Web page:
The veneer of progress is wearing thin in Myanmar. A year ago, the President of Myanmar, Thein Sein, promised to release all prisoners of conscience. Earlier this year, to mark Myanmar’s Independence Day, the President ordered the release of thousands of prisoners. Now one year on from the promise to release all prisoners of conscience, the promise remains unfulfilled. Even more troubling is the fact that the government is arresting more prisoners of conscience.
I worry about Indonesia. I worry that the democratic progress of the past few years is just slip slidin’ away. While Egypt and Turkey’s passionate and public debates on reform reach the front pages of our newspapers, Indonesia appears calm to the world. But, it looks like the government is worried.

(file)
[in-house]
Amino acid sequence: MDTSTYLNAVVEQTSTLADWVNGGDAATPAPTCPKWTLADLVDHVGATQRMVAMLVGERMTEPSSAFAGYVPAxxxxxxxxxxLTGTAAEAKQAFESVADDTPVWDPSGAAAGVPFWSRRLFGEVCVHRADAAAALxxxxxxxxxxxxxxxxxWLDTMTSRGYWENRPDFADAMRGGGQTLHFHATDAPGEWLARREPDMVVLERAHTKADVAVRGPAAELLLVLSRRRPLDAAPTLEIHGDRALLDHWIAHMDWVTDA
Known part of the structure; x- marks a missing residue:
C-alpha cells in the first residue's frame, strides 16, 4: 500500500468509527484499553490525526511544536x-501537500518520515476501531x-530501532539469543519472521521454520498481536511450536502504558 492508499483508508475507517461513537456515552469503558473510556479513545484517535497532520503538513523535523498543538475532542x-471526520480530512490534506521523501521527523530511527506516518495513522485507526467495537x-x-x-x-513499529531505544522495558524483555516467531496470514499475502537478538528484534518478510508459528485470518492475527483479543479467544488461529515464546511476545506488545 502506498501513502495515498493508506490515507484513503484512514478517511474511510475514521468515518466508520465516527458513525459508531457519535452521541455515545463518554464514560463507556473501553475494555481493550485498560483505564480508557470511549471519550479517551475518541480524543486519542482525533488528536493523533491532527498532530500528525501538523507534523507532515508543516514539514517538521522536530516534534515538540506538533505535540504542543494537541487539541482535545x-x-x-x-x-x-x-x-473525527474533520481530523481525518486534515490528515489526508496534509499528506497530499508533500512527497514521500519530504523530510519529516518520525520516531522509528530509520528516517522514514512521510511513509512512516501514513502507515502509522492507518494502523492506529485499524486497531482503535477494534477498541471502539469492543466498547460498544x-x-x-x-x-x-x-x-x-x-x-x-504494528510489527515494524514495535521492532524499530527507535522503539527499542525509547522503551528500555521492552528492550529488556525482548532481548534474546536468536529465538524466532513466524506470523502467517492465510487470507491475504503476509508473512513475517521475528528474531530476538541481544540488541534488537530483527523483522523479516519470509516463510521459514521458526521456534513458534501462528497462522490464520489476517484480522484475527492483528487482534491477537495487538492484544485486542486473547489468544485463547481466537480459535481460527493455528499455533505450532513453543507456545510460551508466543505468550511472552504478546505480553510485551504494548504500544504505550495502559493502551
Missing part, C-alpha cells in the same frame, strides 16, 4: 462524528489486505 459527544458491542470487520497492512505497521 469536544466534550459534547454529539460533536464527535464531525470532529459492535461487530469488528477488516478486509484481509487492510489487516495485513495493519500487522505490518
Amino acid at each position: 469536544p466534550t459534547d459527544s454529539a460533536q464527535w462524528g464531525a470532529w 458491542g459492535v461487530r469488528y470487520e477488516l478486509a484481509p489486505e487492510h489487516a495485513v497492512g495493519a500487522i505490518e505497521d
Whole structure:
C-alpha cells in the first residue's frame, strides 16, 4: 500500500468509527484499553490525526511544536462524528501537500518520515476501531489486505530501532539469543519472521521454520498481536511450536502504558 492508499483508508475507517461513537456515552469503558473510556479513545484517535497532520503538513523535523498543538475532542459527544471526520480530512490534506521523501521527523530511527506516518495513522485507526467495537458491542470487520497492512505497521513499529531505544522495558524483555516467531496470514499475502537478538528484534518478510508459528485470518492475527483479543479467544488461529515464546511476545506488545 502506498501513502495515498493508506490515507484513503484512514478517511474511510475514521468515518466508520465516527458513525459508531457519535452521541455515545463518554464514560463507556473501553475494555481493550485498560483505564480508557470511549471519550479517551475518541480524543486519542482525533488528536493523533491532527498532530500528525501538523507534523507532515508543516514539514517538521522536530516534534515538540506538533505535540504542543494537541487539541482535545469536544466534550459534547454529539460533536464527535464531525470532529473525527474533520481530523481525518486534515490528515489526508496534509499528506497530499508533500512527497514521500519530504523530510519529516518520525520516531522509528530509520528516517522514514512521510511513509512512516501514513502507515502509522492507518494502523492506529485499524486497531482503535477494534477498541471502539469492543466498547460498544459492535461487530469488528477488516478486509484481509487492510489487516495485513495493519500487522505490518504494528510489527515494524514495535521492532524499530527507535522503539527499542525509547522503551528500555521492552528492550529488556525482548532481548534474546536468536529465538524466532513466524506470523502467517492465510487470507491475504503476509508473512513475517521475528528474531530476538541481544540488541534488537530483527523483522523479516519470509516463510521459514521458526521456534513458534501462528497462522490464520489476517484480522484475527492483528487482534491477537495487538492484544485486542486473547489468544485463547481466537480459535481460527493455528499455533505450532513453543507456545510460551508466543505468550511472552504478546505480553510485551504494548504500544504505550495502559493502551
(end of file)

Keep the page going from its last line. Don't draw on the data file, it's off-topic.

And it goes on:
Particularly alarming is a new law on Mass Organizations, passed on July 2, 2013. Suddenly, organizations operating in Indonesia are limited to eight purposes including maintaining the value of religion and belief in God; preserving the norms, values, morals, ethics and culture; and establishing, maintaining and strengthening the unity of the nation. Foreign organizations are required to obtain a permit from the Ministry of Foreign Affairs and must operate under new rules that include not disrupting the “stability and oneness” of Indonesia.